Tax Recovery Provision: Application to Civil Penalties and Interest
2005 amendment ensures that the tax recovery provision applies to civil penalties and use-of-money interest.
Section HK 11 of the Income Tax Act 2004
The law has been clarified to ensure that the tax recovery provision, section HK 11 of the Income Tax Act 2004, applies to civil penalties and use-of-money interest.
Section HK 11 of the Income Tax Act 2004 is directed at arrangements which deplete a company’s assets so that it is unable to meet its tax liabilities. The company itself is often liquidated as part of the arrangement, or simply because the company serves no useful purpose after a transaction is completed.
Under section HK 11, the directors and shareholders of a company can be made liable, in certain circumstances, for the unsatisfied income tax and GST liabilities of the company. Broadly, these circumstances are when:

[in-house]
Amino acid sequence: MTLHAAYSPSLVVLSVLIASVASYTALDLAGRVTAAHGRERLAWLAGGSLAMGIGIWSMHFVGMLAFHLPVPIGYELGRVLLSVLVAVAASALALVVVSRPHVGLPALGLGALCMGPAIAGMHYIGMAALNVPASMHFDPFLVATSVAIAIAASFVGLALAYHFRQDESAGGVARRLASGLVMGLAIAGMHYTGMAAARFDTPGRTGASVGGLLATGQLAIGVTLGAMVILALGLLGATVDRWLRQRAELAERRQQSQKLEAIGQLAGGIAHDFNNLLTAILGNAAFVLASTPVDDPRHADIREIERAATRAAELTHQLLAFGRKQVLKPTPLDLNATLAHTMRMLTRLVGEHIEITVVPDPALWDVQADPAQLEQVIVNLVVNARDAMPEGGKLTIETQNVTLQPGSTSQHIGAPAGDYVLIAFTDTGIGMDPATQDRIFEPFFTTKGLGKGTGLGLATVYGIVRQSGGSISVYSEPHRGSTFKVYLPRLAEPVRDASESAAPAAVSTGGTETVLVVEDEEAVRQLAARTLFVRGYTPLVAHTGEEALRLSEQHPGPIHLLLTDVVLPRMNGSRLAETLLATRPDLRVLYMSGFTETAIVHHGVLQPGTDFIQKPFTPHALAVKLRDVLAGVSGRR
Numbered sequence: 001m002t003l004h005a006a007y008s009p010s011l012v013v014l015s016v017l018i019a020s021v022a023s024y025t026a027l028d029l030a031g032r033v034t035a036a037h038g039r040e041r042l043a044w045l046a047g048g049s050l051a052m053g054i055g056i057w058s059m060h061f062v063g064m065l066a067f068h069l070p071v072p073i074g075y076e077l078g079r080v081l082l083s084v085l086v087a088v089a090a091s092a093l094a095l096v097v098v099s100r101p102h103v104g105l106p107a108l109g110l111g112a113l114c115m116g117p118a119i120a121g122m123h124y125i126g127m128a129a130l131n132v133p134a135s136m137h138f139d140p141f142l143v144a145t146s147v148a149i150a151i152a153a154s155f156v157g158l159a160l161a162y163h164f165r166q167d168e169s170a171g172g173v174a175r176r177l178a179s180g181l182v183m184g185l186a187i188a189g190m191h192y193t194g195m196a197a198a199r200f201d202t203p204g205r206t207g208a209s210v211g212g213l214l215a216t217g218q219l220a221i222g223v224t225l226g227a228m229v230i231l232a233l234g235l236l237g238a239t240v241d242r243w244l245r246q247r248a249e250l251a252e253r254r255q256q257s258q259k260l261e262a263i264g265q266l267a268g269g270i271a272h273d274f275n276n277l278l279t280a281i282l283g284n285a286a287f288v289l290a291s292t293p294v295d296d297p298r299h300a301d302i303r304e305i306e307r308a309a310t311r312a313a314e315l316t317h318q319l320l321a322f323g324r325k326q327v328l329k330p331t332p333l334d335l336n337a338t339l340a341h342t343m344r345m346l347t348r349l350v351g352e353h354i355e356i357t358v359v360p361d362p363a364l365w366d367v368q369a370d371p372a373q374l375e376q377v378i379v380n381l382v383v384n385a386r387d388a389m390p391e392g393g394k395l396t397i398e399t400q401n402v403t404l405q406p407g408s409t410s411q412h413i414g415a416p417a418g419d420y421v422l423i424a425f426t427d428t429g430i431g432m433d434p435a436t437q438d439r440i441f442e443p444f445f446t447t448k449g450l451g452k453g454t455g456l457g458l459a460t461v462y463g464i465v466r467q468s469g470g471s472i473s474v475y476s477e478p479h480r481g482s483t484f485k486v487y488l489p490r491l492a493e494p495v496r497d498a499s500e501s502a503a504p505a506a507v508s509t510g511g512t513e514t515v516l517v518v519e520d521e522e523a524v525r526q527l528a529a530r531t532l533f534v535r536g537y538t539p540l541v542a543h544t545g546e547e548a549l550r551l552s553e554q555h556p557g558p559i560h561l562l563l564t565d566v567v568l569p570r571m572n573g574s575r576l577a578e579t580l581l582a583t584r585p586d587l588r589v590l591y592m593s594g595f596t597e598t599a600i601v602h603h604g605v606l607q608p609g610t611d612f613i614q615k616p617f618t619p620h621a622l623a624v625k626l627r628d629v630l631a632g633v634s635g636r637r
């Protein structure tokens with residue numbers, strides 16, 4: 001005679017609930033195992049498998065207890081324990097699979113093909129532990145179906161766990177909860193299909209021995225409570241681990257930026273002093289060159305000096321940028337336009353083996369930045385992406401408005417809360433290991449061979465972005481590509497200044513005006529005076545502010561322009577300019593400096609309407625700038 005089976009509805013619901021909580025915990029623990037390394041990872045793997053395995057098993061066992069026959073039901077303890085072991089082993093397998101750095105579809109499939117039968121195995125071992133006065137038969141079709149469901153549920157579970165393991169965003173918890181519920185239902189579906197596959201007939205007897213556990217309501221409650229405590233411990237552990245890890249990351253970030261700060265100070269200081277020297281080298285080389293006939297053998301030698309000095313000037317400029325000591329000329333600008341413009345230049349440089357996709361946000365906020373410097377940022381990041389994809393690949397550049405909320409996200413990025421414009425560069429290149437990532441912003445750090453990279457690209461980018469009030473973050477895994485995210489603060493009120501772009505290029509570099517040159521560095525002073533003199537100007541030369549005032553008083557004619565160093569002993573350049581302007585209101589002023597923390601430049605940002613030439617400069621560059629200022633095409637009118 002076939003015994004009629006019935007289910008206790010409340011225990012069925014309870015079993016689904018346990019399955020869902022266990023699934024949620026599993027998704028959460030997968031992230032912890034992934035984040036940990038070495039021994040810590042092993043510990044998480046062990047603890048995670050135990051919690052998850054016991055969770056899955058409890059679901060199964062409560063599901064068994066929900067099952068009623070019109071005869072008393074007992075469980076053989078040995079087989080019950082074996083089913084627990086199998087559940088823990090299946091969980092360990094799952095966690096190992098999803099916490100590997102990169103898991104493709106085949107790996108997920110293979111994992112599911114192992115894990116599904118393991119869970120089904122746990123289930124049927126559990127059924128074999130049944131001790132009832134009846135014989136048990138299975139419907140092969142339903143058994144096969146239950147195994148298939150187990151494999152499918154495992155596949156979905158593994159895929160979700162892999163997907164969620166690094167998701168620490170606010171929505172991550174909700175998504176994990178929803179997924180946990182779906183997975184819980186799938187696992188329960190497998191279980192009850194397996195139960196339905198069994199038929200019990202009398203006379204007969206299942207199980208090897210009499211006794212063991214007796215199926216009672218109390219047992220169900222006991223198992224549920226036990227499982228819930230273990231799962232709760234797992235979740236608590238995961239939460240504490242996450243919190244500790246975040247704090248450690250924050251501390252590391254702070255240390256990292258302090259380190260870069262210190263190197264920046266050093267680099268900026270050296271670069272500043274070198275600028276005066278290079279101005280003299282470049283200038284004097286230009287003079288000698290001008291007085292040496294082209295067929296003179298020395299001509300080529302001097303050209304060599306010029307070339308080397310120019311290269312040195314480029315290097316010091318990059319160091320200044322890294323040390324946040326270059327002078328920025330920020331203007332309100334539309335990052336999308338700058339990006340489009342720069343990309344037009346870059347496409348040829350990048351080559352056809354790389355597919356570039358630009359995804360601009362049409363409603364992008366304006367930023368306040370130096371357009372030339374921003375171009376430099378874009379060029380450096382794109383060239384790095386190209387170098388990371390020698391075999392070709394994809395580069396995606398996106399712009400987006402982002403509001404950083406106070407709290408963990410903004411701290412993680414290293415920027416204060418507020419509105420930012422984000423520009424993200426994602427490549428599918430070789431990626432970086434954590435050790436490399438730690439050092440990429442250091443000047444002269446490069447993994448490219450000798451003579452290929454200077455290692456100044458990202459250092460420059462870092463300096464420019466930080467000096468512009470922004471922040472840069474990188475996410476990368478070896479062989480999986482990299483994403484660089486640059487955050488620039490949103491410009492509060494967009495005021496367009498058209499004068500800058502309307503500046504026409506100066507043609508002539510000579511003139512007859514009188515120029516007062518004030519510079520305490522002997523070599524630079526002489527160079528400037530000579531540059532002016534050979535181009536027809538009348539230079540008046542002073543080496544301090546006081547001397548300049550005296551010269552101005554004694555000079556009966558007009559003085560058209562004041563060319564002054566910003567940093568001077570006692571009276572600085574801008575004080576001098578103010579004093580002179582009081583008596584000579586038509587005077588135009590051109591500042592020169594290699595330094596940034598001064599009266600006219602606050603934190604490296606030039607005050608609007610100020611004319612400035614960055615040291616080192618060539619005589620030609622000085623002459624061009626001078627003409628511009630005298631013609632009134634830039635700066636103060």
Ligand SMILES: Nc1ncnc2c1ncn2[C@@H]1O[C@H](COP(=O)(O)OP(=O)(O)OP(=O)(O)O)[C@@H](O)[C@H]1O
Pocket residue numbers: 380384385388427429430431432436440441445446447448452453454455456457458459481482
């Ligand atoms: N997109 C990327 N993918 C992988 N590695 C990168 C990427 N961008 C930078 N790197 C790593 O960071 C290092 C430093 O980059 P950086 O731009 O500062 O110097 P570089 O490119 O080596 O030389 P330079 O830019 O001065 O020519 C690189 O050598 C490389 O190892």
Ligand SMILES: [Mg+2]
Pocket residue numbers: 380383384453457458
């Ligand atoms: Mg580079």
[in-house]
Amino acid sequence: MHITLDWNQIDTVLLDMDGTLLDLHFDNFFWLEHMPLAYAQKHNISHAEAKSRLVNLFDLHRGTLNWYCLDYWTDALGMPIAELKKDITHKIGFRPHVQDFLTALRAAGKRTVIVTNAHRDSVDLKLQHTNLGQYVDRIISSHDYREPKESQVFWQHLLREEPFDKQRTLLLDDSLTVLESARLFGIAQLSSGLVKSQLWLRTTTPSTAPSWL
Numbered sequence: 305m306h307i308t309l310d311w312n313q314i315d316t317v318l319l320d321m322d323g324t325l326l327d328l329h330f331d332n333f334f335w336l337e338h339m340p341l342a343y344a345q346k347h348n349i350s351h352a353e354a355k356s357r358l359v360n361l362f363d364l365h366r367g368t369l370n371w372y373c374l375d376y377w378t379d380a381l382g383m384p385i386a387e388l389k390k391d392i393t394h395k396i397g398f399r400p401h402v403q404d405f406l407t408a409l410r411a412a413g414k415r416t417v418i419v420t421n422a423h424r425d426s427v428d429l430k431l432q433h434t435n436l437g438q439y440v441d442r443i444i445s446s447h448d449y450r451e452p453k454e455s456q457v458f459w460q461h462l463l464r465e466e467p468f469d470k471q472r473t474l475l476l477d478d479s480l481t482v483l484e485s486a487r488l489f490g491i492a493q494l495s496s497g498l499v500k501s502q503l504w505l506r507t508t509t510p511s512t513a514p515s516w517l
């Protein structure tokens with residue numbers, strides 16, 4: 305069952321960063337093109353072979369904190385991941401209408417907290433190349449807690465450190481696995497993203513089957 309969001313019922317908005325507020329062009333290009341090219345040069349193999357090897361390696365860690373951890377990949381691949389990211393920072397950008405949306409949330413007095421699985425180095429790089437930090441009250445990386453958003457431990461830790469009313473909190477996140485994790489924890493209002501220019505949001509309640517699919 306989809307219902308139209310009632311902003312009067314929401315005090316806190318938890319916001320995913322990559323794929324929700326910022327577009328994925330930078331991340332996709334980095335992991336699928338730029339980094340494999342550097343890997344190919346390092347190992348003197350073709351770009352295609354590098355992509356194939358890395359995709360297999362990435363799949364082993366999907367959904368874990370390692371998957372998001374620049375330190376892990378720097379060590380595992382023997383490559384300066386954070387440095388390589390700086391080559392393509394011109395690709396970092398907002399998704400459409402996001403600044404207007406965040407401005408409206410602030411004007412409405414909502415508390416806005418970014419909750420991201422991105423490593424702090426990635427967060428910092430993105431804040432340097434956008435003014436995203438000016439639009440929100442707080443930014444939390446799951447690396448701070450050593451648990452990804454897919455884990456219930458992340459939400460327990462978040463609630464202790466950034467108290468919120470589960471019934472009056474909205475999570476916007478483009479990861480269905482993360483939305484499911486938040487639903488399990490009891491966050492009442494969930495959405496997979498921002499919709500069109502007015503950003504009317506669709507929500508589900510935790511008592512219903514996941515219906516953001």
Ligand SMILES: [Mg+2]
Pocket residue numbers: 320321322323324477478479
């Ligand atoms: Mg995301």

- an arrangement has been entered into by the company which has the effect of leaving it unable to meet its income tax liability;
- a director making reasonable enquiries would have been aware of this effect; an
- a purpose of the arrangement was to have that effect.
The tax recovery provision, section HK 11 of the Income Tax Act 2004, makes the directors and shareholders of a company liable in certain circumstances for income tax payable by the company if it is left with insufficient assets to meet its liability. This provision also applies to a company’s GST liabilities.
The policy intent of section HK 11 is that it should allow Inland Revenue to collect unpaid civil penalties and use-of-money interest imposed on companies from their directors and shareholders if the requirements of that provision are satisfied. However, there was previously some uncertainty that the law achieved this policy intent.
A clarifying amendment has been made to section HK 11 to ensure that it applies to civil penalties and use-of-money interest. This clarifying amendment is in line with the policy intent of the tax recovery provision.
The amendment applies from the date of enactment, 21 June 2005.